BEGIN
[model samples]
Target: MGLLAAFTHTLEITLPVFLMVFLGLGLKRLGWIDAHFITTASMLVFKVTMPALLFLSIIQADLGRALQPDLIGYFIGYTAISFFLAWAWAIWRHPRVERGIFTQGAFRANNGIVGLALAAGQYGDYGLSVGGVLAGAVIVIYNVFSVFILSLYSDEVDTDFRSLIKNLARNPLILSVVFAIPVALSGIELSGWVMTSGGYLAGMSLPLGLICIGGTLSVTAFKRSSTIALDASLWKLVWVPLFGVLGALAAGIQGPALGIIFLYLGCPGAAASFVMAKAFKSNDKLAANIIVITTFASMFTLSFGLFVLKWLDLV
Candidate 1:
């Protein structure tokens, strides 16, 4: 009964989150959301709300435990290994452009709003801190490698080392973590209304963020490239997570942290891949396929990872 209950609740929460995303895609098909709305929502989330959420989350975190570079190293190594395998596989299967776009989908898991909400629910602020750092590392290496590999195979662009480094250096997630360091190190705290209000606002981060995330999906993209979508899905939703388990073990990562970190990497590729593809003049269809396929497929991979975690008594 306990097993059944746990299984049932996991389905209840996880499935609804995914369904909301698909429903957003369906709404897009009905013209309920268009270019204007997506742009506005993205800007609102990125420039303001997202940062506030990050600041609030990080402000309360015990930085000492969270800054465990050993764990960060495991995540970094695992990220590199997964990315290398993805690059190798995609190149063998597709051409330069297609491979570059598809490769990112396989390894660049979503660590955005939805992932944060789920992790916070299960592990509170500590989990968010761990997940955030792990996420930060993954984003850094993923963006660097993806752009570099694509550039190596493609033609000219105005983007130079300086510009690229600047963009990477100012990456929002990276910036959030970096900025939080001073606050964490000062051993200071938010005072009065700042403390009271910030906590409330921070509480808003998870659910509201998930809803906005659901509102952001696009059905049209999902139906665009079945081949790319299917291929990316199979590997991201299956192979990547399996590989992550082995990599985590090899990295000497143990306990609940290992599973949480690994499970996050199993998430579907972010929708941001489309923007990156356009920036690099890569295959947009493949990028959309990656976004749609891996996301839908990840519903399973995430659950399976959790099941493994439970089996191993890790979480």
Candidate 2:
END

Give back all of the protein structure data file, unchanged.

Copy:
[model samples]
Target: MGLLAAFTHTLEITLPVFLMVFLGLGLKRLGWIDAHFITTASMLVFKVTMPALLFLSIIQADLGRALQPDLIGYFIGYTAISFFLAWAWAIWRHPRVERGIFTQGAFRANNGIVGLALAAGQYGDYGLSVGGVLAGAVIVIYNVFSVFILSLYSDEVDTDFRSLIKNLARNPLILSVVFAIPVALSGIELSGWVMTSGGYLAGMSLPLGLICIGGTLSVTAFKRSSTIALDASLWKLVWVPLFGVLGALAAGIQGPALGIIFLYLGCPGAAASFVMAKAFKSNDKLAANIIVITTFASMFTLSFGLFVLKWLDLV
Candidate 1:
């Protein structure tokens, strides 16, 4: 009964989150959301709300435990290994452009709003801190490698080392973590209304963020490239997570942290891949396929990872 209950609740929460995303895609098909709305929502989330959420989350975190570079190293190594395998596989299967776009989908898991909400629910602020750092590392290496590999195979662009480094250096997630360091190190705290209000606002981060995330999906993209979508899905939703388990073990990562970190990497590729593809003049269809396929497929991979975690008594 306990097993059944746990299984049932996991389905209840996880499935609804995914369904909301698909429903957003369906709404897009009905013209309920268009270019204007997506742009506005993205800007609102990125420039303001997202940062506030990050600041609030990080402000309360015990930085000492969270800054465990050993764990960060495991995540970094695992990220590199997964990315290398993805690059190798995609190149063998597709051409330069297609491979570059598809490769990112396989390894660049979503660590955005939805992932944060789920992790916070299960592990509170500590989990968010761990997940955030792990996420930060993954984003850094993923963006660097993806752009570099694509550039190596493609033609000219105005983007130079300086510009690229600047963009990477100012990456929002990276910036959030970096900025939080001073606050964490000062051993200071938010005072009065700042403390009271910030906590409330921070509480808003998870659910509201998930809803906005659901509102952001696009059905049209999902139906665009079945081949790319299917291929990316199979590997991201299956192979990547399996590989992550082995990599985590090899990295000497143990306990609940290992599973949480690994499970996050199993998430579907972010929708941001489309923007990156356009920036690099890569295959947009493949990028959309990656976004749609891996996301839908990840519903399973995430659950399976959790099941493994439970089996191993890790979480």
Candidate 2: